Dec 31, 2004
Response from Dr. Sherer
The most important thing for you to do is to maintain this excellent record by staying as adherent to your medications as you possibly can be.
There is good news and bad news in what the virus is doing while you are maintaining optimal suppression. The good news is that long term viral suppression for as long as six years in clinical trials and 10 years or more in clinical practice is well-documented and clearly achievable with the right combination of excellent medication adherence, the right regimen, and the right doctor-patient or clinician-patient relationship. Whatever the virus is doing in these cases, it is not disrupting excellent treatment outcomes and the return of the patient to a relatively normal life.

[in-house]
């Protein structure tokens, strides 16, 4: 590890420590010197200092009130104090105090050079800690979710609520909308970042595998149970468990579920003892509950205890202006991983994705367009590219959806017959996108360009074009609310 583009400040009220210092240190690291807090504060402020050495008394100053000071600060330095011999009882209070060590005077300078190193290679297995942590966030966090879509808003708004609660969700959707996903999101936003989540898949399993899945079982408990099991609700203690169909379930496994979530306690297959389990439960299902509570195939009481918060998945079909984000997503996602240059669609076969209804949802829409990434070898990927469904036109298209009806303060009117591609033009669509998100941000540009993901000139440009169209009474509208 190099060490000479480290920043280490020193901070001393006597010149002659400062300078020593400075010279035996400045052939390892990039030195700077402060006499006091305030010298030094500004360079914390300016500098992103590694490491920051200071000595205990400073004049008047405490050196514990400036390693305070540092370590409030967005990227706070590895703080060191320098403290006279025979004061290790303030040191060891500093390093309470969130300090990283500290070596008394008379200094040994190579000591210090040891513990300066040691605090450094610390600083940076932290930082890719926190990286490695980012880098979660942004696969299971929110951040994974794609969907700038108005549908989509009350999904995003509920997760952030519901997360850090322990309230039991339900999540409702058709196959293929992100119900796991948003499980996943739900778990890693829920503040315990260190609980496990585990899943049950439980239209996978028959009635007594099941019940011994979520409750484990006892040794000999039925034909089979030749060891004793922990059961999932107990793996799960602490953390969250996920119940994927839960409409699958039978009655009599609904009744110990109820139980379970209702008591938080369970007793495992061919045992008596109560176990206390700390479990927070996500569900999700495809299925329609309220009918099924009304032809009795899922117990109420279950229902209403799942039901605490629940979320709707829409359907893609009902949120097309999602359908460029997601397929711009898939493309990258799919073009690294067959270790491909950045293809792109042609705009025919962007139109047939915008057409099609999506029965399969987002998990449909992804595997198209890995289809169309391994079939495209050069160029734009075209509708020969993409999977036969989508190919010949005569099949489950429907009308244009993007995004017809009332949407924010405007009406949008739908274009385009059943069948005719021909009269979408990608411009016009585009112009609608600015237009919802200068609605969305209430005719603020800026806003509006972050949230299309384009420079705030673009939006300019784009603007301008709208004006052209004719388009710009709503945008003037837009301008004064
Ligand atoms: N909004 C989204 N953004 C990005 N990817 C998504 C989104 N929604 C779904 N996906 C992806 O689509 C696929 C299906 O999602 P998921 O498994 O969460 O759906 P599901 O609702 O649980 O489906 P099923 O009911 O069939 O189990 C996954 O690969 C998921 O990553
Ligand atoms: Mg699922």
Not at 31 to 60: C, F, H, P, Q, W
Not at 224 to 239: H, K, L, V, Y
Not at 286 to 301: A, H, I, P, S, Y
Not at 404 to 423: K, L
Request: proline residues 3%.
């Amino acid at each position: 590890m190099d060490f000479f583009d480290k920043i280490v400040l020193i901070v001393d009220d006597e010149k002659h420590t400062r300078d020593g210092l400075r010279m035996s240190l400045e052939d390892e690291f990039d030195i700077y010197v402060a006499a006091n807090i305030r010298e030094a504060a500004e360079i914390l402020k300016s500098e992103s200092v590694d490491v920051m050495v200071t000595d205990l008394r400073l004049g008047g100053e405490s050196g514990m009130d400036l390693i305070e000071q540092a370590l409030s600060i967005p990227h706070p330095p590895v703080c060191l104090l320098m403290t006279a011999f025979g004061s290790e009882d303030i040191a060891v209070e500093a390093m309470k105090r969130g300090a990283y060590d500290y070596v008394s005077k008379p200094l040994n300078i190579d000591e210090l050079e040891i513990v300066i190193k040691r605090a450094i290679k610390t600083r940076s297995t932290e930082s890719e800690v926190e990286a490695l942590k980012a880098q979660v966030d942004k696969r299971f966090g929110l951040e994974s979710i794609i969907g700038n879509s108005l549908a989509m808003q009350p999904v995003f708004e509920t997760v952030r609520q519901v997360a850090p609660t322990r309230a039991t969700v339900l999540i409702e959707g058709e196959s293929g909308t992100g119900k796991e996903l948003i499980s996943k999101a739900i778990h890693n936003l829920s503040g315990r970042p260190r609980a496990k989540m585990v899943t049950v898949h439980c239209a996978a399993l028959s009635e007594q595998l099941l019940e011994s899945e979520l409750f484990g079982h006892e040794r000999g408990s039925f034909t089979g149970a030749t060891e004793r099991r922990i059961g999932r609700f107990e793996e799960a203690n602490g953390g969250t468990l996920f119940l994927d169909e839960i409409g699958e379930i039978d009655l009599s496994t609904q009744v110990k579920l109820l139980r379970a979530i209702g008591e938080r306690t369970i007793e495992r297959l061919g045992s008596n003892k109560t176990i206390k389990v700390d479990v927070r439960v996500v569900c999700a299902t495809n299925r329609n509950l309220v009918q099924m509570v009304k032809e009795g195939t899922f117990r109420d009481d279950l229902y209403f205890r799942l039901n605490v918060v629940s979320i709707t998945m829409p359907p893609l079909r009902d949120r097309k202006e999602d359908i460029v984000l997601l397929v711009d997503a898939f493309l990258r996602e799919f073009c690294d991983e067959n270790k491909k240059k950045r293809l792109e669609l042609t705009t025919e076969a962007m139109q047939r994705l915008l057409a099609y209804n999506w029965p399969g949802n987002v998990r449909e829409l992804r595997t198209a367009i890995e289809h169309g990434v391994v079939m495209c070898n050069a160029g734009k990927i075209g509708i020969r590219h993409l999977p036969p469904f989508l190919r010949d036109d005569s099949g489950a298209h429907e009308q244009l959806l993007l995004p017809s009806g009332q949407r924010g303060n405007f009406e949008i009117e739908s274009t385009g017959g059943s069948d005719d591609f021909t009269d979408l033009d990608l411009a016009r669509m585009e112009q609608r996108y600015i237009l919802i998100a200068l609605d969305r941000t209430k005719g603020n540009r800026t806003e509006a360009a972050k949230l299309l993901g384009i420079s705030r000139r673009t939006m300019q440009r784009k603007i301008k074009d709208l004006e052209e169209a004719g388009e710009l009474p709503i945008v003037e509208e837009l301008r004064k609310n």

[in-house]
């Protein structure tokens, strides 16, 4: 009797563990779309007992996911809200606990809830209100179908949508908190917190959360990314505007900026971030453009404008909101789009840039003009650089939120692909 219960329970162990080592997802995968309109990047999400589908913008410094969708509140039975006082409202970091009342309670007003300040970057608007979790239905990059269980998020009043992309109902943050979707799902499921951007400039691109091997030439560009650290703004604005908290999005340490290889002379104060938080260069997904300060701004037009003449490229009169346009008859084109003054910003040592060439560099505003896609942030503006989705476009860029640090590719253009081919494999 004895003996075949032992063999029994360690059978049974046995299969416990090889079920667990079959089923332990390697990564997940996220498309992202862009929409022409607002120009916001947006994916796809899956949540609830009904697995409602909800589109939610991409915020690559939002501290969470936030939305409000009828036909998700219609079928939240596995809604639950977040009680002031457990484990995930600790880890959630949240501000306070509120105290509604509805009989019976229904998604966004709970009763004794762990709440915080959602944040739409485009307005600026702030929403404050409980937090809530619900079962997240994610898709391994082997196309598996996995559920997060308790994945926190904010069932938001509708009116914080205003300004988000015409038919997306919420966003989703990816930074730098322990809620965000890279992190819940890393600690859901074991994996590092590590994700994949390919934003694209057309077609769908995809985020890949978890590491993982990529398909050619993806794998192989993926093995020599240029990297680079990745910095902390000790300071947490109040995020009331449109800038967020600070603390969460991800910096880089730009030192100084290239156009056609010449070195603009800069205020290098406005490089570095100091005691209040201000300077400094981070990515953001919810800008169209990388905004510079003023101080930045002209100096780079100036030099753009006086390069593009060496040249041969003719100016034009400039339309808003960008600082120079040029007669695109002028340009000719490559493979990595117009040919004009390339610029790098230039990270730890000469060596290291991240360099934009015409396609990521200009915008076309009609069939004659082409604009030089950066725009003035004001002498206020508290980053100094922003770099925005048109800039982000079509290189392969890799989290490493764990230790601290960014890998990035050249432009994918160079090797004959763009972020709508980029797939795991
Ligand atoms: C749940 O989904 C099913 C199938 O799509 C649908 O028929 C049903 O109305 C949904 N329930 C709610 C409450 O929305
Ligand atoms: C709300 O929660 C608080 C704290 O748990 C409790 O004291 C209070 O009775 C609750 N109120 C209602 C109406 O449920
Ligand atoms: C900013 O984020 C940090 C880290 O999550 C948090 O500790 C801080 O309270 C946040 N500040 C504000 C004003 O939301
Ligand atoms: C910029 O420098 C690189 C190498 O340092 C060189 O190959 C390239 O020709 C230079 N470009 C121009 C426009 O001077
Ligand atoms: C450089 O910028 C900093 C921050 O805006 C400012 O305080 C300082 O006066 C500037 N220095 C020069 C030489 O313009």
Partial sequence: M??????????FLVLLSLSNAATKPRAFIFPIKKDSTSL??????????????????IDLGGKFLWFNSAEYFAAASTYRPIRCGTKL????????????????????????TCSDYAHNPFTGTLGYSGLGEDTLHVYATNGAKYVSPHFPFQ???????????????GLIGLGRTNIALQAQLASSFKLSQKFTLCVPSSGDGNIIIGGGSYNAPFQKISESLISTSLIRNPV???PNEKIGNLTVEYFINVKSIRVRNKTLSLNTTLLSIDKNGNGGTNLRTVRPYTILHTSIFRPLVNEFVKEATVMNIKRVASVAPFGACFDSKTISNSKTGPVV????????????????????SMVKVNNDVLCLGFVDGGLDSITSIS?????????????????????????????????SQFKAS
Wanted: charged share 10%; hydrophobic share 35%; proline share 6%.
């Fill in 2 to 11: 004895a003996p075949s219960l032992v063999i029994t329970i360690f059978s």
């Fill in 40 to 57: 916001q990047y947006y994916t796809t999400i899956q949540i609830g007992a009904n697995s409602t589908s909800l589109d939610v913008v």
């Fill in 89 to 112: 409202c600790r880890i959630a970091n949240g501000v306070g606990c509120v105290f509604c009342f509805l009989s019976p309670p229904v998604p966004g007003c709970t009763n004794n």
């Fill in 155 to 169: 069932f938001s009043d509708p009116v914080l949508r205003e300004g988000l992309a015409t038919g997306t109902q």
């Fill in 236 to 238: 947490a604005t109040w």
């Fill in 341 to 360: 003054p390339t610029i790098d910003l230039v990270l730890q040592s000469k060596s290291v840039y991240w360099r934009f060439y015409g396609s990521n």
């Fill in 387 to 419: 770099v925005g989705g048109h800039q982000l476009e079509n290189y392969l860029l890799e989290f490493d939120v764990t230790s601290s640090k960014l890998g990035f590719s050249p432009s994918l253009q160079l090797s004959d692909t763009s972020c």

The bad news is that HIV replication continues in sequestered sites, such as the central nervous system and the gonads, even in the presence of excellent viral suppression in the plasma. With ongoing replication, new mutations also occur, though they do not appear to lead to regimen failure in patients with good virologic control in the plasma without other events that allow these viruses to become the dominant species, events such as lapses in adherence, or interruptions in the regular supply of drugs.
One thing for sure, the virus is not spending any time thinking about what you are doing while it is maximally suppressed. While I do encourage you to learn as much as possible about HIV, in my experience most patients get into trouble with their own issues and behaviors that compromise adherence. While you're learning about HIV, don't forget to take care of business.
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